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The other side of birth stories: When positive narratives cause pain

When you are a parent who has experienced neonatal care or birth trauma, it can often feel like you need to put a trigger warning on your story. The monitors, the wires, the incubator, the hospital environment can all be really difficult for other people to see. But what if this is your story and you don’t feel you can share it with others? 

There is a movement in the parenting world where we are encouraged to only share “positive” birth stories. There is of course a reason for this, to protect parents who are pregnant or going to be pregnant from experiencing anxiety, which is thought to possibly contribute to birth being more difficult. 

I wonder though, whether it’s better to have an open discussion about NICU and birth trauma, to empower people antenatally and postnatally to empower them, rather than just “protect them”. What if we helped parents build the resources they need, practically and emotionally to be able to better manage & equip them if they find themselves in situations like this? 

Not only do NICU parents often find that they feel silenced and then isolated in their experiences, but can also find “positive” birth experiences triggering. There are so many things that can feel “emotionally triggering” for NICU/birth trauma (BT) parents and in fact, triggering in the real sense of the word – inducing PTSD symptoms, which can be present for a lot of NICU/BT parents.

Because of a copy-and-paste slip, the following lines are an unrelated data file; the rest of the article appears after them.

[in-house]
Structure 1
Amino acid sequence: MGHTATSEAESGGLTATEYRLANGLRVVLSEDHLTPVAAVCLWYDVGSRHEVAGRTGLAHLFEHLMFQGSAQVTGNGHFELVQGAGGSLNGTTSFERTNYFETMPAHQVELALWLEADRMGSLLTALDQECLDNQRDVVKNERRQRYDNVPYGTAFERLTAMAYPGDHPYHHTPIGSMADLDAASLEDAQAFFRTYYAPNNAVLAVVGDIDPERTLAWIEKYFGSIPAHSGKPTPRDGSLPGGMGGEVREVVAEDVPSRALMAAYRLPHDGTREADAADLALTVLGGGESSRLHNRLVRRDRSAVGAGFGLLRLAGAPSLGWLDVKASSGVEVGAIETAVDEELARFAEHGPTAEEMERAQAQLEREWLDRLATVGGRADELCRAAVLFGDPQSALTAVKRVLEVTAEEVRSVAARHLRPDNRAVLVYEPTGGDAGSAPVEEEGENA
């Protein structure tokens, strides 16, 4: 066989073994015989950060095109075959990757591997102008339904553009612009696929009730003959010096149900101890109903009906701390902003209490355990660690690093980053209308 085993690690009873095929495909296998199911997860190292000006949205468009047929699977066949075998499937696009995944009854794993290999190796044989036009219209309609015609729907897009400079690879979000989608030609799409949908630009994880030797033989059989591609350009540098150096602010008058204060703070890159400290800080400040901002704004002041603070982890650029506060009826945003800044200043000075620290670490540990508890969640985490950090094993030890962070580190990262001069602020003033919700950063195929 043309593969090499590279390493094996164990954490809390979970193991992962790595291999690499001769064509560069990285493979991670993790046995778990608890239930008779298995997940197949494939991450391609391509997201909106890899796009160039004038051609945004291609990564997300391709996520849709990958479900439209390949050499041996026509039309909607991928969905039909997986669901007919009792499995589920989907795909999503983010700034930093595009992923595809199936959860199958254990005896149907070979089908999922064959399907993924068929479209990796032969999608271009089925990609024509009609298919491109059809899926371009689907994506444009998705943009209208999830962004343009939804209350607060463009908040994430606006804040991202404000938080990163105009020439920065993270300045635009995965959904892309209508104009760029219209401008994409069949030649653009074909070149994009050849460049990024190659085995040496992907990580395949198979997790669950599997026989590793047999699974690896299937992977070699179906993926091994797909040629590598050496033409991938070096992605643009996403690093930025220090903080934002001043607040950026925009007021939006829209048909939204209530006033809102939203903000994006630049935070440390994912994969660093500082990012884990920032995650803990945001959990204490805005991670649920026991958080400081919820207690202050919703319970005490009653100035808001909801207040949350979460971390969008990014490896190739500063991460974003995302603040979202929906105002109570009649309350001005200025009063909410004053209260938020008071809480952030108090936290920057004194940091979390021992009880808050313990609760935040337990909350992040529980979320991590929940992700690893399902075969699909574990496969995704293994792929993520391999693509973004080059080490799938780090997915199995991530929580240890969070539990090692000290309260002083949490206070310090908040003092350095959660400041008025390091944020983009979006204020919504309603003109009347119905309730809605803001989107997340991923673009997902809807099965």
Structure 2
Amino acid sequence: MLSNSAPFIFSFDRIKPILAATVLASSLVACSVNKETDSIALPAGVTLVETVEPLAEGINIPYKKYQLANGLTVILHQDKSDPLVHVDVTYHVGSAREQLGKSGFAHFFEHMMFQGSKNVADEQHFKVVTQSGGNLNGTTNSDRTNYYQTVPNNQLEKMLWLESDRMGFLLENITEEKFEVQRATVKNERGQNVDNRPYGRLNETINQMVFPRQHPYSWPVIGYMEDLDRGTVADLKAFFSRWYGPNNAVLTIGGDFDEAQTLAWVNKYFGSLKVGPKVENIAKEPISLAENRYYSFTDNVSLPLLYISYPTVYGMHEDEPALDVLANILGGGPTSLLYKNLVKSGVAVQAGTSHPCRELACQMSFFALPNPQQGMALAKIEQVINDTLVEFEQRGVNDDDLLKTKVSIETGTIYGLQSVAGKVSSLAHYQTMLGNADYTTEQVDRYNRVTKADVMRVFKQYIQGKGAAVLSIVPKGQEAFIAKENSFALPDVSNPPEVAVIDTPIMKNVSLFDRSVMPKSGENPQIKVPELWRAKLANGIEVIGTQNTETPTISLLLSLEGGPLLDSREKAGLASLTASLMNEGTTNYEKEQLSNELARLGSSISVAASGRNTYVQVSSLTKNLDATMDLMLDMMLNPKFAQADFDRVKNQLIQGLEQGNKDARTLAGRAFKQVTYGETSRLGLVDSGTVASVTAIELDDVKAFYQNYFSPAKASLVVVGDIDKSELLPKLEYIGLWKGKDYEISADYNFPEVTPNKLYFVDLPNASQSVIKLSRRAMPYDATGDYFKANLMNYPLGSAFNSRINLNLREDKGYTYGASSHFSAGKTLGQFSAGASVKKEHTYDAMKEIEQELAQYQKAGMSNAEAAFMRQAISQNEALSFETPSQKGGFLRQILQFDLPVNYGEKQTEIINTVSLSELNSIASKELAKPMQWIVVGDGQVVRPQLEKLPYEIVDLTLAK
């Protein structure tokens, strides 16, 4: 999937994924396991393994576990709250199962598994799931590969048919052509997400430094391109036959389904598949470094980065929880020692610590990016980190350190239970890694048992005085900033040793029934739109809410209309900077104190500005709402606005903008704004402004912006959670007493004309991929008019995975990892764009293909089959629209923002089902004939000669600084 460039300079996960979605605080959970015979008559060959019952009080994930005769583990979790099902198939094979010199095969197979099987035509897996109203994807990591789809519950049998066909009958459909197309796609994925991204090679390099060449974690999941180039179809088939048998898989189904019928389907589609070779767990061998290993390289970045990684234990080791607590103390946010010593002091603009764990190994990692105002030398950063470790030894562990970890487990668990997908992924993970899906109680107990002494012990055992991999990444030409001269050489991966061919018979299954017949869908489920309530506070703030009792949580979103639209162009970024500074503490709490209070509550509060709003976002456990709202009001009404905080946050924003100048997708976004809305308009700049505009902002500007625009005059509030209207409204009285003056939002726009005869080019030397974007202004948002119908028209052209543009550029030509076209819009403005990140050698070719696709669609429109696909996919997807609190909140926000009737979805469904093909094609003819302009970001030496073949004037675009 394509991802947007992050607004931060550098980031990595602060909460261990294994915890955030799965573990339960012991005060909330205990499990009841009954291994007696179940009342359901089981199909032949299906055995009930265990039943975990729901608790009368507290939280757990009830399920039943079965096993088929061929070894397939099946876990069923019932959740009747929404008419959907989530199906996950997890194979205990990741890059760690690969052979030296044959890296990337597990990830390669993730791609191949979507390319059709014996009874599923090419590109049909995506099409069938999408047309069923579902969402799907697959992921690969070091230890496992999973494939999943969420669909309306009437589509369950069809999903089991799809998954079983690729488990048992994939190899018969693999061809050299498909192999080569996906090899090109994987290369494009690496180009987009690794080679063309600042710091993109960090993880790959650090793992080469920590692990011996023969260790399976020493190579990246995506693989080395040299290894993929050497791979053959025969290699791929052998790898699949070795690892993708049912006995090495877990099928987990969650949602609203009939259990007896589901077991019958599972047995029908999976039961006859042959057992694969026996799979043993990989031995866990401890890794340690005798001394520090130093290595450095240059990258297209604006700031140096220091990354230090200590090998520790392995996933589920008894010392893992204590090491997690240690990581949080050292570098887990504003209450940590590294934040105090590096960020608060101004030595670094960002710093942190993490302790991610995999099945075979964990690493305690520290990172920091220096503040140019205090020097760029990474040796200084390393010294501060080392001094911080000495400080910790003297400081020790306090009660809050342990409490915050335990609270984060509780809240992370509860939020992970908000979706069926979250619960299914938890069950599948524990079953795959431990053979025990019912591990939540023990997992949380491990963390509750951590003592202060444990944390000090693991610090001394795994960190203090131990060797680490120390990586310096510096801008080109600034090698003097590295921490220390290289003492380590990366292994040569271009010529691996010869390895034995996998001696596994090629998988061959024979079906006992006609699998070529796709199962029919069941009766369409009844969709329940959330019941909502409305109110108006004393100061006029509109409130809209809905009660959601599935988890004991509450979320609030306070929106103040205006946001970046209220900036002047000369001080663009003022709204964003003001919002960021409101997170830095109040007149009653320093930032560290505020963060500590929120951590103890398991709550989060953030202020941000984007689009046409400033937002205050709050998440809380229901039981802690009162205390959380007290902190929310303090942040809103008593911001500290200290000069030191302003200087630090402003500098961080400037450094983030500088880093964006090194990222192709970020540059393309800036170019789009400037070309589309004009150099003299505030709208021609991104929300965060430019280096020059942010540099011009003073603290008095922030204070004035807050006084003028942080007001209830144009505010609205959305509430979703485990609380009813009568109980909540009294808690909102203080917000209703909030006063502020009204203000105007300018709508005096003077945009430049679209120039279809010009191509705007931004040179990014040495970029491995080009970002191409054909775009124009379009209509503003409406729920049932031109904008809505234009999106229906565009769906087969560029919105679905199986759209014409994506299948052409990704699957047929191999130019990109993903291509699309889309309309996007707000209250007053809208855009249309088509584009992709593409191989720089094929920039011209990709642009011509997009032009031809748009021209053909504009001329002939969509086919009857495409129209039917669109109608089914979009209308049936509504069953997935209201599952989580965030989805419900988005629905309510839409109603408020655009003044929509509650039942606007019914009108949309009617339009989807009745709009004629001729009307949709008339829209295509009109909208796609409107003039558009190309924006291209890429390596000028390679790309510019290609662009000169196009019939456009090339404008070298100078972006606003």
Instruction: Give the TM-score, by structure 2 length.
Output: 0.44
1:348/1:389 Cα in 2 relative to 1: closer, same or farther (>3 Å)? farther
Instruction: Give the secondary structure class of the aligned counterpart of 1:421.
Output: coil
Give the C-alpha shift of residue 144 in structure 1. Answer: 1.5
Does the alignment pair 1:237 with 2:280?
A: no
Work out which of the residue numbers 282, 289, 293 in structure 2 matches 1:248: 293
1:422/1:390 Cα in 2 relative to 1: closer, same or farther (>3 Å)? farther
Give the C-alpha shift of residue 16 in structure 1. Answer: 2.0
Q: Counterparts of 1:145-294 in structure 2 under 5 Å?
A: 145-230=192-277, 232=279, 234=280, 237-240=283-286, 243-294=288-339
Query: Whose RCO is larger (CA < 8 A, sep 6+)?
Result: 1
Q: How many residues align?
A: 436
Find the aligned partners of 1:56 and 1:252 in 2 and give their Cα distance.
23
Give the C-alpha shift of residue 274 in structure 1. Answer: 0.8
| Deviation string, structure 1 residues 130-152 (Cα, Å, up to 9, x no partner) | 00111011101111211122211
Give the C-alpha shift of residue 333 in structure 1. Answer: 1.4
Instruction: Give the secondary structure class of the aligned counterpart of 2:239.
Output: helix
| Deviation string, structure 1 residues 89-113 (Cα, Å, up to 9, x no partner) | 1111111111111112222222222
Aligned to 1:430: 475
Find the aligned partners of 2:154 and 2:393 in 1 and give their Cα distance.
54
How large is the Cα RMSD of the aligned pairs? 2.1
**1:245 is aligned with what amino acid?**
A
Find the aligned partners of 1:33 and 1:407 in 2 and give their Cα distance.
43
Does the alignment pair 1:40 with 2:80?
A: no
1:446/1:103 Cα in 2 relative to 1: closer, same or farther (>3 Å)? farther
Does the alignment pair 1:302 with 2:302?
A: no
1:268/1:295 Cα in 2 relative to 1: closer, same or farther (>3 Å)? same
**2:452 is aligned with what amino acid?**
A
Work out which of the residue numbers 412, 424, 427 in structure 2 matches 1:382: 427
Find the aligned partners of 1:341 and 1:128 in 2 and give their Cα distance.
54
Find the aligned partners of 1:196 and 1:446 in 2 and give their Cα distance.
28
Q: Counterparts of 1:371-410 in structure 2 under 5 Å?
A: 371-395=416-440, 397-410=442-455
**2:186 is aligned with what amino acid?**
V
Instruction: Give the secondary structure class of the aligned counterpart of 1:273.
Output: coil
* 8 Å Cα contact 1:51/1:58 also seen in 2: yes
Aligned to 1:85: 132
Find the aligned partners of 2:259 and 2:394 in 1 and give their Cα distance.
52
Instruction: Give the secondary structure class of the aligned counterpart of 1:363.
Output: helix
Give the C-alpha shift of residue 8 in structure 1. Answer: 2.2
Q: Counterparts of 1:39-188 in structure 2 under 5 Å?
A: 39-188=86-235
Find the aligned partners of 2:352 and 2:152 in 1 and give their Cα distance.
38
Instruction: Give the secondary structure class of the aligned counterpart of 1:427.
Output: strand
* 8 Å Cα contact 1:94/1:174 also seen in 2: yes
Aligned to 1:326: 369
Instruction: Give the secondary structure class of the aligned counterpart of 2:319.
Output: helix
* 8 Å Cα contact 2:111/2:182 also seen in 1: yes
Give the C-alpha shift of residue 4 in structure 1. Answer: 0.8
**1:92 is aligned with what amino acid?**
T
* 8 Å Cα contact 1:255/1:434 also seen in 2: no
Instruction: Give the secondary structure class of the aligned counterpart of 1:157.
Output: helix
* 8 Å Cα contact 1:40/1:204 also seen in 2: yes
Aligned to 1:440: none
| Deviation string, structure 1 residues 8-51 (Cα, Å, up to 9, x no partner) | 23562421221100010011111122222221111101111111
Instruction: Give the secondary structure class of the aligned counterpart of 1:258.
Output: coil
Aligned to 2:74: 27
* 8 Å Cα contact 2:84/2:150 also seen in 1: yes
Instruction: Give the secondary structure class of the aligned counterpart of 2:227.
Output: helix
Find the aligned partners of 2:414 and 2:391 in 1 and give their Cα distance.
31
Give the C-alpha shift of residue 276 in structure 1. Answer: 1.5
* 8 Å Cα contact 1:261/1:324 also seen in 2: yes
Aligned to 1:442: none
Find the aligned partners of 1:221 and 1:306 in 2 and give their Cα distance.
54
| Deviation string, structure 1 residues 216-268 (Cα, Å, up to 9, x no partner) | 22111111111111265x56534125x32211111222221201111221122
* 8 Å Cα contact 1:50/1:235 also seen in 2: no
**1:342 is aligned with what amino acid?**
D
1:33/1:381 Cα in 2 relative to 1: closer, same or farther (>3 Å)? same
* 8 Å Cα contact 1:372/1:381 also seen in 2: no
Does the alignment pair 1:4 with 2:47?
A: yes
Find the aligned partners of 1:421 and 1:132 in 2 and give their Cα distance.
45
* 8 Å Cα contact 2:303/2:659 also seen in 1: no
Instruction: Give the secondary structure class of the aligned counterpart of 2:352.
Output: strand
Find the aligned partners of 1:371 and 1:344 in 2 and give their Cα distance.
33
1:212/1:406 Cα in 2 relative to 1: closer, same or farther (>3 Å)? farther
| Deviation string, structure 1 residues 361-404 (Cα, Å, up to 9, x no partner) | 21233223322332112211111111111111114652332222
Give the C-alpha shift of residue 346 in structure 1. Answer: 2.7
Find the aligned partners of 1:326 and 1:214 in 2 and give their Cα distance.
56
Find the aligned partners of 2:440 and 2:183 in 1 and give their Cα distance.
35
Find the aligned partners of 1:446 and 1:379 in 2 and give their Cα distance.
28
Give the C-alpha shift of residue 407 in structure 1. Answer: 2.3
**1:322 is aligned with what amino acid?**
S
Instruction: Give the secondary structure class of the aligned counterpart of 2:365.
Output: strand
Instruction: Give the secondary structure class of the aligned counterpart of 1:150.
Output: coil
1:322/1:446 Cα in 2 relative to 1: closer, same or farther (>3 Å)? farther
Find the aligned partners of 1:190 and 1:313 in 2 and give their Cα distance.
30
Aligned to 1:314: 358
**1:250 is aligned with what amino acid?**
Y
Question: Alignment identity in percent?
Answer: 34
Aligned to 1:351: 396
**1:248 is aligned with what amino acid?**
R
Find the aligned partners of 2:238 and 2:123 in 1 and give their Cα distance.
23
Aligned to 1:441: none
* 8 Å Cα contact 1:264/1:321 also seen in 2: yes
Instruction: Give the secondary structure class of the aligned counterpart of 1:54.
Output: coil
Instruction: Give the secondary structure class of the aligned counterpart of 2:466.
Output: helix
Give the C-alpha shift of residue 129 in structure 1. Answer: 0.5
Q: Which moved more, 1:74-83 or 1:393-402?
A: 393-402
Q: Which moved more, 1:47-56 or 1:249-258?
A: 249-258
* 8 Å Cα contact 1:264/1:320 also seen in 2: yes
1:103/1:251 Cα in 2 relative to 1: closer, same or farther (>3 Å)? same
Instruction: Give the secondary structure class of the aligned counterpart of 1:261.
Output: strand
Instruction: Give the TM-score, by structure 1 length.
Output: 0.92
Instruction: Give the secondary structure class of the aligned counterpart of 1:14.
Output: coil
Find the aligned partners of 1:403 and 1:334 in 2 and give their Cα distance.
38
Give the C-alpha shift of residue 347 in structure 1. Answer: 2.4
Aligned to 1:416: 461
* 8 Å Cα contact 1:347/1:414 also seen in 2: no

Scrolling through your Instagram feed, seeing big pregnant bellies, happy pregnancies, people calmly packing their hospital bags, having their baby showers… it can trigger intense feelings of grief, loss, anger or jealousy for those whose experiences diverged from a “normal” pregnancy or birth. 

Seeing stories of positive birth stories, the serene images, videos, the moment the mum gets to hold her newborn straight after giving birth, the golden hour, looking happy and content. The first moments, leaving the hospital within a day or few days, that picture of carrying the car seat. This can all be incredibly difficult for a parent who so wished for these experiences but didn’t get them.

It feels like there is a lack of space for those who didn’t experience a “positive” birth. There can be a feeling of shame for not having had that experience, feeling like you have somehow failed, like it’s all on you, like you did something wrong. It is important that we look at the words we use in antenatal education and postnatal support, so we don’t fuel this. We need to be more trauma informed in how we discuss birth. We need to create a space and a way for parents who did not have a “positive” birth or pregnancy, to share their experiences. 

You can listen to Dr Frankie Harrison on Happy Mum Happy Baby: Parenting SOS now. 

 

Author Biography

Dr Frankie Harrison is a Clinical Psychologist and a parent who has been there too. Alongside her co-founder Georgie (also a NICU parent and graphic designer), they have developed an online community where you can meet other people who get it and have lived it. Miracle Moon has a podcast, online resources, webinars, workshops, guides and accessible content. They are in the process of developing a membership to build our community and support available. Dr Frankie also provides group therapy and individual therapy, including EMDR which can help in processing your NICU experience. 

You can find more out about Miracle Moon on their website www.miraclemoon.co.uk or on Instagram @miraclemoonuk 

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